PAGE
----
Barbados TODAY – A local banker who was instrumental in raising nearly BDS$50 million through a regional bond issue to ensure LIAT’s survival over a decade ago is advising shareholder governments to withdraw service from Caribbean countries that refuse to pump cash into the struggling airline.
“The easiest thing for LIAT or any airline company to do is to say, ‘I am cutting that route’. If you cut the route to Dominica, for example, what will happen?” former president of the Barbados Bankers Association Horace Cobham said.
At present, only Antigua and Barbuda, Barbados, Dominica and St Vincent and the Grenadines contribute financially to the cash-strapped carrier.
Some Caribbean leaders, including Dr Keith Mitchell of Grenada and Dr Timothy Harris of St Kitts and Nevis have made it clear they would not invest in LIAT.
The St Lucian prime minister Allen Chastanet recently joined that list, making it clear his country would not put a dollar into the regional airline.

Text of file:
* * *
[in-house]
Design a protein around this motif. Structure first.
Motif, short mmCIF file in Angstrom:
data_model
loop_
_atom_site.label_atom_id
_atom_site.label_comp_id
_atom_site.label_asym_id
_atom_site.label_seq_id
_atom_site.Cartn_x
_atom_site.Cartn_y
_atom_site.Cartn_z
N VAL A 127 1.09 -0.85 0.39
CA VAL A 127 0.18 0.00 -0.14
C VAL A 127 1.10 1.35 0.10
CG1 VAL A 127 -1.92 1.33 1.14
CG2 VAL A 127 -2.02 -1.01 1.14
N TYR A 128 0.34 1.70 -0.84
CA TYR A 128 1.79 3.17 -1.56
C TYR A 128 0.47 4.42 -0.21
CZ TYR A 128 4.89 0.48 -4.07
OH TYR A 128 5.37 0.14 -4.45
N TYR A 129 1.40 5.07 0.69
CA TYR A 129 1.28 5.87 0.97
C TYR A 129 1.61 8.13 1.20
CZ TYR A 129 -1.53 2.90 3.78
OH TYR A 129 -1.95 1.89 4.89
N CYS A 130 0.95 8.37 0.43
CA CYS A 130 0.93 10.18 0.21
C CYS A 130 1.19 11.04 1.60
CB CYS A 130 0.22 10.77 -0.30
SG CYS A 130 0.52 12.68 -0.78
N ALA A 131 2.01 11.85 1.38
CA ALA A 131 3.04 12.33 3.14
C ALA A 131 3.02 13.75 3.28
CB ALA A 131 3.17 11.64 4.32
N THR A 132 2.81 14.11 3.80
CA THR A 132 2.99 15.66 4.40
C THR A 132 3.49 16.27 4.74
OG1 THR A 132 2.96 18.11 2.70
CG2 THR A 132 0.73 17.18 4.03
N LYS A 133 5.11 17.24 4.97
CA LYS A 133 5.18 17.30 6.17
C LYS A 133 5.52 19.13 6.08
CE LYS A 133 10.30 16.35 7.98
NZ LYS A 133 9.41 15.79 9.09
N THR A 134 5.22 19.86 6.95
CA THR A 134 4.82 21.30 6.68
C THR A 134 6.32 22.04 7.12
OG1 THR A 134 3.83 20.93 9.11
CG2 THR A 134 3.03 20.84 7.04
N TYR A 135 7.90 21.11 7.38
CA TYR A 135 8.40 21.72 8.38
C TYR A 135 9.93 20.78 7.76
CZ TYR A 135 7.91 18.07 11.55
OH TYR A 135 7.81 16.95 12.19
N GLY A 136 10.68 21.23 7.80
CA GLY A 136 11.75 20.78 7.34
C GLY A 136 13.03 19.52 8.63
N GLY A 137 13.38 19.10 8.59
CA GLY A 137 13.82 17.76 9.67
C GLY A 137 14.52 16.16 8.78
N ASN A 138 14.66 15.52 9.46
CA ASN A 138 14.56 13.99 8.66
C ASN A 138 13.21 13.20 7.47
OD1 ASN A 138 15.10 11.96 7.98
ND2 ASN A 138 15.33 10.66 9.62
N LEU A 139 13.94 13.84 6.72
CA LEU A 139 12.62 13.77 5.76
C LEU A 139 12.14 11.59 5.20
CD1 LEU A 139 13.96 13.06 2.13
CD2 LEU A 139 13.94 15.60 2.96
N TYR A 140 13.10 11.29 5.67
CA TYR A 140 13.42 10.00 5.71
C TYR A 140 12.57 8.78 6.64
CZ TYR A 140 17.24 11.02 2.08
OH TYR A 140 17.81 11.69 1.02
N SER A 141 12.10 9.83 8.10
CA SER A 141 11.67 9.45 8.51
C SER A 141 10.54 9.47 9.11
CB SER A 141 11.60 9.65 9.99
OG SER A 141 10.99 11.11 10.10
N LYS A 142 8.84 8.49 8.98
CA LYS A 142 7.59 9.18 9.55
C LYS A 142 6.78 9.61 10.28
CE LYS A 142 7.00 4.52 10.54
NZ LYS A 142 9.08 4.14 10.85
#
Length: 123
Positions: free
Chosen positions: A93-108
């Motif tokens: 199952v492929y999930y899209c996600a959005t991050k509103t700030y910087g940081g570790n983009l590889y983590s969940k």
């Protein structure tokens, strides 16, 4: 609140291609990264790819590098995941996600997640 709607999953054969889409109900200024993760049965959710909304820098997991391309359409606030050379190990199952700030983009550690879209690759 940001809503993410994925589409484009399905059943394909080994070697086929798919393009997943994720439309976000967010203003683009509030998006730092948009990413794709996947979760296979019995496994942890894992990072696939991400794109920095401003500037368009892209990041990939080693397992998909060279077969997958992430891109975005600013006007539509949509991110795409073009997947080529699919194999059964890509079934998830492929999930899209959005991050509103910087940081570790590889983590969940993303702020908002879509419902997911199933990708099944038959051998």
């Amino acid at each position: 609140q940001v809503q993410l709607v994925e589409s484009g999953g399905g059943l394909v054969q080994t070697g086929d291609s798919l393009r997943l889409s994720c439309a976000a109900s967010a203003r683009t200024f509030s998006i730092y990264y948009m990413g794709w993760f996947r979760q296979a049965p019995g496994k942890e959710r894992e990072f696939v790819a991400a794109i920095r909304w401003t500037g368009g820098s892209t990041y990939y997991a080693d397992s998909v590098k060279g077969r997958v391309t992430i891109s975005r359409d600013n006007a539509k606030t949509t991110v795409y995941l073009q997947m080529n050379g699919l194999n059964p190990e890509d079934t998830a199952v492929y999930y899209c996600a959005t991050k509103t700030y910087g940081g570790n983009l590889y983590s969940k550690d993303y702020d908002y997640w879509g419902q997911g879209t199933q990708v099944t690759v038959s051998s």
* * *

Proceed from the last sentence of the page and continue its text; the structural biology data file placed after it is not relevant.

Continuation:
Without making reference to any of these countries, Cobham told Barbados TODAY some tough decisions would have to be taken if LIAT were to be made into a viable entity.
Among those decisions, he said, was to stop serving the countries that did not contribute financially.
“Some routes aren’t commercially viable. So if you are saying at the political level we need LIAT to fly there, then you will have to pay for it and that is where the problem exists in LIAT. Because it is called a Caribbean airline, they feel that it has to fly there even if it has just ten people, and if you don’t fly there, the politicians will get up in arms,” he said.
Cobham made it clear LIAT was playing an important role in Caribbean aviation and was “not something you can get rid of”.
However, the former CIBC and Royal Bank executive told Barbados TODAY the airline needed to improve its internal operational structures and hold management accountable.